BAGHDAD (Reuters) - A video clip broadcast on Saudi-owned television on Thursday suggested that a former right-hand man to late Iraqi president Saddam Hussein who Iraqi forces and Shi‘ite militias said had been killed a year ago may still be alive.
Ezzat al-Douri, ranked by Washington after the 2003 U.S.-led invasion as the sixth most-wanted Iraqi and later a leader of Iraq’s Sunni insurgency, appeared in footage on al-Hadath TV wearing the green military uniform of Saddam’s Baath Party.
Reuters could not verify the authenticity of the video, but comments he made about the war in Yemen, where Saudi Arabia has been leading a military intervention since March 2015 against the Iranian-backed Houthis, provided a rough time-frame.
“In Yemen, there are two ways to expel the Persians (Iranians) and liberate it: the first way ... is to force Iran and its agents to comply with the (U.N.) Security Council resolutions,” Douri said in the video.
“The second course is to escalate the pursuit of Iranian agents to end all their abilities and potential.”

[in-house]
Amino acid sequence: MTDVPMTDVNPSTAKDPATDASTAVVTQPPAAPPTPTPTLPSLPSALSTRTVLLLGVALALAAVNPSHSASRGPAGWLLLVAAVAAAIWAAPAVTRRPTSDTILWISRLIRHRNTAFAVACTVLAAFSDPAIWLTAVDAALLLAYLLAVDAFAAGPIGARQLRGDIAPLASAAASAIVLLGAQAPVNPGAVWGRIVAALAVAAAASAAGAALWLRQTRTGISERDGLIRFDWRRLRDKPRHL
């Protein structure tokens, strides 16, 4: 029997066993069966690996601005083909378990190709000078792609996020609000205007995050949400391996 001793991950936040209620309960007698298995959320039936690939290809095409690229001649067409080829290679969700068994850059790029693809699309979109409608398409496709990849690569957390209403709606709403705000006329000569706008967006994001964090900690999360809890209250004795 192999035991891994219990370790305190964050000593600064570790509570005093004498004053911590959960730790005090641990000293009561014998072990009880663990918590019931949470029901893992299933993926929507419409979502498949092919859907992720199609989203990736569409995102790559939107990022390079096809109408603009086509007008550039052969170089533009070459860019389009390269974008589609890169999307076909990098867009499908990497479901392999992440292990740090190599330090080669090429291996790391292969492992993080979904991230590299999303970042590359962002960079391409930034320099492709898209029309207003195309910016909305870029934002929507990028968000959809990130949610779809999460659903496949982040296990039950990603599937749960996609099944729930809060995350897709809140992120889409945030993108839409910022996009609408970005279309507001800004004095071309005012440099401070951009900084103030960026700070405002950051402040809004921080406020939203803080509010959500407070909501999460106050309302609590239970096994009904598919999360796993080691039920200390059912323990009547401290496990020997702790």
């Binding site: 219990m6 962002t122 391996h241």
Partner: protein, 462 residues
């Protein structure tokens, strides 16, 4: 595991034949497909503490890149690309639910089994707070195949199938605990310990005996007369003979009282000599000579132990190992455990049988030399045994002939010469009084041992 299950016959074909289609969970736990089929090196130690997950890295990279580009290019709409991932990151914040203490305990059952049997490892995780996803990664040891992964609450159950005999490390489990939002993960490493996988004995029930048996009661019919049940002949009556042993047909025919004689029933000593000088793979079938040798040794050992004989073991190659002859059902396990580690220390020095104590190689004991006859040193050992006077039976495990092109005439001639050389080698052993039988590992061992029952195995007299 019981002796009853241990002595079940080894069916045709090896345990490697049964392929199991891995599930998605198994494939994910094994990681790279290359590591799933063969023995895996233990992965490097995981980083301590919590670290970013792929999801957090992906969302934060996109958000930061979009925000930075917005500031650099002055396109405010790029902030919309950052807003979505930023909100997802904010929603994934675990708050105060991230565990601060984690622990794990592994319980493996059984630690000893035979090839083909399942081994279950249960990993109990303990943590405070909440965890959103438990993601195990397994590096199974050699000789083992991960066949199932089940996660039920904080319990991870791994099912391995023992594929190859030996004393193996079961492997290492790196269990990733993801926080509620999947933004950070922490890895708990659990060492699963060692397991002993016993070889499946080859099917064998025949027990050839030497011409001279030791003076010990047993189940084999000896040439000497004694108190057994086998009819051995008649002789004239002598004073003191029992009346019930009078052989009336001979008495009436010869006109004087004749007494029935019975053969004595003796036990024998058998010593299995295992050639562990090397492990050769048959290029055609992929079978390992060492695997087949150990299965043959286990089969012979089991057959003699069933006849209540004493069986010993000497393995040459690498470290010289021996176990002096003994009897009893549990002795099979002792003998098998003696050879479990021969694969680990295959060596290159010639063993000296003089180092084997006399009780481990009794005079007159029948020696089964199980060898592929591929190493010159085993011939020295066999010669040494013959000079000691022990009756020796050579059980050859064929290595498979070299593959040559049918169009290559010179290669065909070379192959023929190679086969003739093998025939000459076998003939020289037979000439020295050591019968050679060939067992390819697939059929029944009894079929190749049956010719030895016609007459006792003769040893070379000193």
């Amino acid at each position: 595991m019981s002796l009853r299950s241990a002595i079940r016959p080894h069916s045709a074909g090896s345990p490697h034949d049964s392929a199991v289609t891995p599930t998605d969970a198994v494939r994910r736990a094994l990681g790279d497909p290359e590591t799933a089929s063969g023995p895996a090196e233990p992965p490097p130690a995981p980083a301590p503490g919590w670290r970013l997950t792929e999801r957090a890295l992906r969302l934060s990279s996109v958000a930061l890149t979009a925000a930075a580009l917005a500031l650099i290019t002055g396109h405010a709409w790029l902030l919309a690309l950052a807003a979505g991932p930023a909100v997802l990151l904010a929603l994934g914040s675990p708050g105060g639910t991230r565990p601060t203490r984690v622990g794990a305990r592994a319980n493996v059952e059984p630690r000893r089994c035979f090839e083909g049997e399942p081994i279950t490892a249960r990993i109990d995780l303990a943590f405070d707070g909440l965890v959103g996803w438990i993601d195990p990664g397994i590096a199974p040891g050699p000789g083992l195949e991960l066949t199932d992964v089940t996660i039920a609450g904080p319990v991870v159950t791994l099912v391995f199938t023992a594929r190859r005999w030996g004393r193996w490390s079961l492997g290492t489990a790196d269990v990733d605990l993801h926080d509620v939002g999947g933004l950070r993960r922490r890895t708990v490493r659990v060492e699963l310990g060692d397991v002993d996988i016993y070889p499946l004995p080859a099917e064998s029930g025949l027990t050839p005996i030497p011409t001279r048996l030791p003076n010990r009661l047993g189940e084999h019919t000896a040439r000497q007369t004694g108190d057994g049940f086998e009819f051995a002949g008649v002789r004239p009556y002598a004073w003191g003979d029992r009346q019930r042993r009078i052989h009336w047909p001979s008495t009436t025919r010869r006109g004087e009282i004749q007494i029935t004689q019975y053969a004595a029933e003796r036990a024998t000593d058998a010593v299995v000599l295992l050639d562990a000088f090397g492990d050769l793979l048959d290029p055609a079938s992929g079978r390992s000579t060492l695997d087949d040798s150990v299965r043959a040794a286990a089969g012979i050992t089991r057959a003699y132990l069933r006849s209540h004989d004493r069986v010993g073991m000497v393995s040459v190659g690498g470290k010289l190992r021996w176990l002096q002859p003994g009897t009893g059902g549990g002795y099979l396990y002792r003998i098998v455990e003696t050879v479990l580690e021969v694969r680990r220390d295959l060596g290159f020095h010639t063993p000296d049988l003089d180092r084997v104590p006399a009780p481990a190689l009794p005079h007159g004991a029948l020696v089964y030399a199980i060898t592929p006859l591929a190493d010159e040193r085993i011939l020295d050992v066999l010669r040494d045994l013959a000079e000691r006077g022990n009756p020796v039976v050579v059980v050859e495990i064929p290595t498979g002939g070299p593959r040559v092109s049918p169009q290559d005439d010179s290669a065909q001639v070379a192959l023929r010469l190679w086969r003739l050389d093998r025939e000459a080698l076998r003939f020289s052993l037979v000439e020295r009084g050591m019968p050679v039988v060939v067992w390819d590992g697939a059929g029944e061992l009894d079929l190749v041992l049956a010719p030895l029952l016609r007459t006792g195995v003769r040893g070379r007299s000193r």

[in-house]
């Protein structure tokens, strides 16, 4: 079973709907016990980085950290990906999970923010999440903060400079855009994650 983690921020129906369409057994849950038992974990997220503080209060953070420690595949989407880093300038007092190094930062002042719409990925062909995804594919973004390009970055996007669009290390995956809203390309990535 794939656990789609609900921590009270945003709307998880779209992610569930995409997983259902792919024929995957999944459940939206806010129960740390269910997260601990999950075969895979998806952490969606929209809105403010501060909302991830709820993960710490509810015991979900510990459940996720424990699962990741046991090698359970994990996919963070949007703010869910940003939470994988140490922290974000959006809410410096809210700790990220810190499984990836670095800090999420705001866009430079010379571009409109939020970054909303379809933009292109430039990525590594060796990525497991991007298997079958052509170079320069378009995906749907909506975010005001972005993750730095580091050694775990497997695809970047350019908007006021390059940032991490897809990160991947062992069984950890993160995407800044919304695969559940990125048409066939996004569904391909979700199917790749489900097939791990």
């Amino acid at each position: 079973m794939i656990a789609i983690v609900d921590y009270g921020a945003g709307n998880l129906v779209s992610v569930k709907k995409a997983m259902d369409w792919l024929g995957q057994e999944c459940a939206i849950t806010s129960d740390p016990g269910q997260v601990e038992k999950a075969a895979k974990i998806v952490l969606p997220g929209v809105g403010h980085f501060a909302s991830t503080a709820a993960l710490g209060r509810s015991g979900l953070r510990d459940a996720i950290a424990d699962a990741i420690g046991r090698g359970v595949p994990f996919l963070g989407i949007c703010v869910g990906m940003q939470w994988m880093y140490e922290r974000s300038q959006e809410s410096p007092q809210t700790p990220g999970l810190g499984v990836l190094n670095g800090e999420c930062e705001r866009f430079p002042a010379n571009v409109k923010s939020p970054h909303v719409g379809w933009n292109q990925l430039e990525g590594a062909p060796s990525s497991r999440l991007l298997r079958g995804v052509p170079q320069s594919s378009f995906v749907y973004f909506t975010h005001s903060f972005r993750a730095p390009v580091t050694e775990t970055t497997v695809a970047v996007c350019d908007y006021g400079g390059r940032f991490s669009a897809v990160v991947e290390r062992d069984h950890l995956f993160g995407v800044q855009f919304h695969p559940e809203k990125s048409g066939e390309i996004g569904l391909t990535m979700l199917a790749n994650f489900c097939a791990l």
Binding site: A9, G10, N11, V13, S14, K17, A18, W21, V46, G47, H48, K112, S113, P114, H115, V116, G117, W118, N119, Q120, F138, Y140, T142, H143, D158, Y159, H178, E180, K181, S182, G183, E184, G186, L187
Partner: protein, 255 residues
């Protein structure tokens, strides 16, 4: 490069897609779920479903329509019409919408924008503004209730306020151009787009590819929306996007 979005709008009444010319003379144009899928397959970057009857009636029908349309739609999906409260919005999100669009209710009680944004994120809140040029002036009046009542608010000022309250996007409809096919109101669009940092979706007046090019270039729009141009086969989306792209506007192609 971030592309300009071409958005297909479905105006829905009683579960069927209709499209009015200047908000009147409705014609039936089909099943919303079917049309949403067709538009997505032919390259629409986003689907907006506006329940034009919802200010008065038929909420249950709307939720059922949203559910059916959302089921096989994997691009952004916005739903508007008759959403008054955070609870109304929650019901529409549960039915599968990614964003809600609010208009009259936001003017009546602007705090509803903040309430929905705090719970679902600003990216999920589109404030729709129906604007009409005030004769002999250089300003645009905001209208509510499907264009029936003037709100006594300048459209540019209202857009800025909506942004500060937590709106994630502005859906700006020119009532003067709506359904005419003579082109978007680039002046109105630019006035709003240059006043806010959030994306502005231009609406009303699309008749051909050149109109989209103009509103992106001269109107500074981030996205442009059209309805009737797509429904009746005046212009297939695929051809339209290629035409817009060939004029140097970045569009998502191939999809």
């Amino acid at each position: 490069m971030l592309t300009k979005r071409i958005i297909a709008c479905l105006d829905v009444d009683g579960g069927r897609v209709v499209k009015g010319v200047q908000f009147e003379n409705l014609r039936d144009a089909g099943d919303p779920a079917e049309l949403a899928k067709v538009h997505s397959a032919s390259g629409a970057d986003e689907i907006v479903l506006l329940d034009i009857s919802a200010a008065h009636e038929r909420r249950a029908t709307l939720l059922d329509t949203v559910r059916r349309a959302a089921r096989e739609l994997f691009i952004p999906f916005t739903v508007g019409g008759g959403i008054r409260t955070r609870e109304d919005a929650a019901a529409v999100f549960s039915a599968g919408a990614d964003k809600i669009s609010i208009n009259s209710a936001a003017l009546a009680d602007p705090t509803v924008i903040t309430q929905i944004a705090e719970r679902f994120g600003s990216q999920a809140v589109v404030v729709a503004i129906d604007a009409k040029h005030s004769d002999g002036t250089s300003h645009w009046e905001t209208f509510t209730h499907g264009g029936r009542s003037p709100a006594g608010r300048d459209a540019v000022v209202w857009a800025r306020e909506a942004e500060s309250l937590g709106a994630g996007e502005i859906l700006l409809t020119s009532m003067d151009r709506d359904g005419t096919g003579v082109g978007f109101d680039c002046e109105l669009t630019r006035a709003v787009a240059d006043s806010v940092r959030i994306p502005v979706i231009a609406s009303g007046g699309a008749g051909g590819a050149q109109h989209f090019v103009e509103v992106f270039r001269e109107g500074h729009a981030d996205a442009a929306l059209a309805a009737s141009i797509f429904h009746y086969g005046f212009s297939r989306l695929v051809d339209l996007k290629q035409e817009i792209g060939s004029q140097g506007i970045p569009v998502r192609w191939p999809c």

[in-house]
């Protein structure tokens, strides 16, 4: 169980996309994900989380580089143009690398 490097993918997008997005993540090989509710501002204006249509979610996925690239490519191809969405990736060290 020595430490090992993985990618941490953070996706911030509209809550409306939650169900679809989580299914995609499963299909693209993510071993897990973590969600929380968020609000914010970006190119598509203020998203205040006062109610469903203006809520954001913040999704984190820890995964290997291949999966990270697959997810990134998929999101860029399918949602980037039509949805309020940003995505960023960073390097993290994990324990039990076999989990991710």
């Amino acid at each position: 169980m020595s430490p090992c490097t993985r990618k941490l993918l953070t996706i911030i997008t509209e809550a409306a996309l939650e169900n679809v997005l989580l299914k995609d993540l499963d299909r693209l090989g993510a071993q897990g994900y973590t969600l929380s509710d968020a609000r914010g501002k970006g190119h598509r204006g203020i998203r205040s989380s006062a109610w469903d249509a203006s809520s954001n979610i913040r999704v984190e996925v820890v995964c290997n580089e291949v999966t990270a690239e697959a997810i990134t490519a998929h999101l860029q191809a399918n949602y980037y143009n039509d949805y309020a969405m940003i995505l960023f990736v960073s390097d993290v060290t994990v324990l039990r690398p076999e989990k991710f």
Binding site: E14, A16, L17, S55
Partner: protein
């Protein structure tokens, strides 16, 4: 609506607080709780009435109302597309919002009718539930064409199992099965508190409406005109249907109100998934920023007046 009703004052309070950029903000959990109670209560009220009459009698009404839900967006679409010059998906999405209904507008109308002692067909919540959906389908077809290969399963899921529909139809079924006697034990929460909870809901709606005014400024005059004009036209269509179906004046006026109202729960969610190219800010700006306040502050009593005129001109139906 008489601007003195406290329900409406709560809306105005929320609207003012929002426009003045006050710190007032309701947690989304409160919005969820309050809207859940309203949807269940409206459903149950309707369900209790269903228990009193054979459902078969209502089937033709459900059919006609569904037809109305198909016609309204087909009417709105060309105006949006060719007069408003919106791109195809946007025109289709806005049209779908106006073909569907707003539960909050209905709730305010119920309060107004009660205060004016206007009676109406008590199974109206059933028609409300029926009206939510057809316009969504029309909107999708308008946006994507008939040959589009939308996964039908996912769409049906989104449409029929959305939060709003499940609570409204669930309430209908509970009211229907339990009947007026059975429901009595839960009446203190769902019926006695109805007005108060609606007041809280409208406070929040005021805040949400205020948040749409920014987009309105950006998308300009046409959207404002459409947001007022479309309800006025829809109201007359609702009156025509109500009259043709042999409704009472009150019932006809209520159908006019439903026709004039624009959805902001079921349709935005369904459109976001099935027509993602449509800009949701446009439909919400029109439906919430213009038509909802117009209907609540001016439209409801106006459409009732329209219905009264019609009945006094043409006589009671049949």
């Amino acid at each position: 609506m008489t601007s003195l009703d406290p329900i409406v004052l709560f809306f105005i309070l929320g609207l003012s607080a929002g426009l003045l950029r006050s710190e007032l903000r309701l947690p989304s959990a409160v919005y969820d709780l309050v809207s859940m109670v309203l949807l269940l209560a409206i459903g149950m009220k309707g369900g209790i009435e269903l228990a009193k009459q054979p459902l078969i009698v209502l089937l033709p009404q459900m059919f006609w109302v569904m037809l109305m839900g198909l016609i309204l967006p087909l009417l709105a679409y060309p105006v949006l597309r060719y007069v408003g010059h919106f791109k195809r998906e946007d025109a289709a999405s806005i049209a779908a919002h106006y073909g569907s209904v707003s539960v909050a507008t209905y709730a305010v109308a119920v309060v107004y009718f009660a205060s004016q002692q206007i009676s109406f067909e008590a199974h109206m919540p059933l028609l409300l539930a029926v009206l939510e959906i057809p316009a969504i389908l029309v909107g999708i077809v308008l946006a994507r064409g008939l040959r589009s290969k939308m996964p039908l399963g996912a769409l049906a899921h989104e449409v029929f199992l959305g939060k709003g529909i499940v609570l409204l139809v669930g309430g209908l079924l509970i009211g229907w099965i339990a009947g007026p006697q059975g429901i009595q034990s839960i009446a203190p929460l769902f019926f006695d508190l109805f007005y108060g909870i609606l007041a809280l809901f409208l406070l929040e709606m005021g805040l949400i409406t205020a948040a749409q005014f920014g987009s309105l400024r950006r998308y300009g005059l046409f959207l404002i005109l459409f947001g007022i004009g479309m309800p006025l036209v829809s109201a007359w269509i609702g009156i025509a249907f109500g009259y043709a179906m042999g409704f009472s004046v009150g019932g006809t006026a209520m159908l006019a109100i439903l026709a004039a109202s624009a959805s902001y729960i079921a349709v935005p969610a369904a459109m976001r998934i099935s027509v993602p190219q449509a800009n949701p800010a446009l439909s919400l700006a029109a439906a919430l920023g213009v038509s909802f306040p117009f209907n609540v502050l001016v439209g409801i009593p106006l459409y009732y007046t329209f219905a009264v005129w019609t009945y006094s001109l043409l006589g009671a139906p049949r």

Iraq said in April 2015 that Douri had been killed in a military operation and Kataib Hezbollah, an Iranian-backed Shi‘ite militia, later said it had conducted DNA tests to prove Douri’s death.
Photographs of a man bearing some resemblance to him were circulated at the time, though Baghdad had previously announced Douri’s death several times in error.
Iraqi and U.S. officials accused Douri of helping to organize and lead the insurgency allying former Baathist officers and Islamists that swept Iraq in 2005-07 and a $10 million reward was offered for his capture.
But he evaded capture during the long U.S. occupation as other Saddam aides were killed or put on trial and sectarian civil war engulfed the country.
Reporting By Stephen Kalin; Editing by Catherine Evans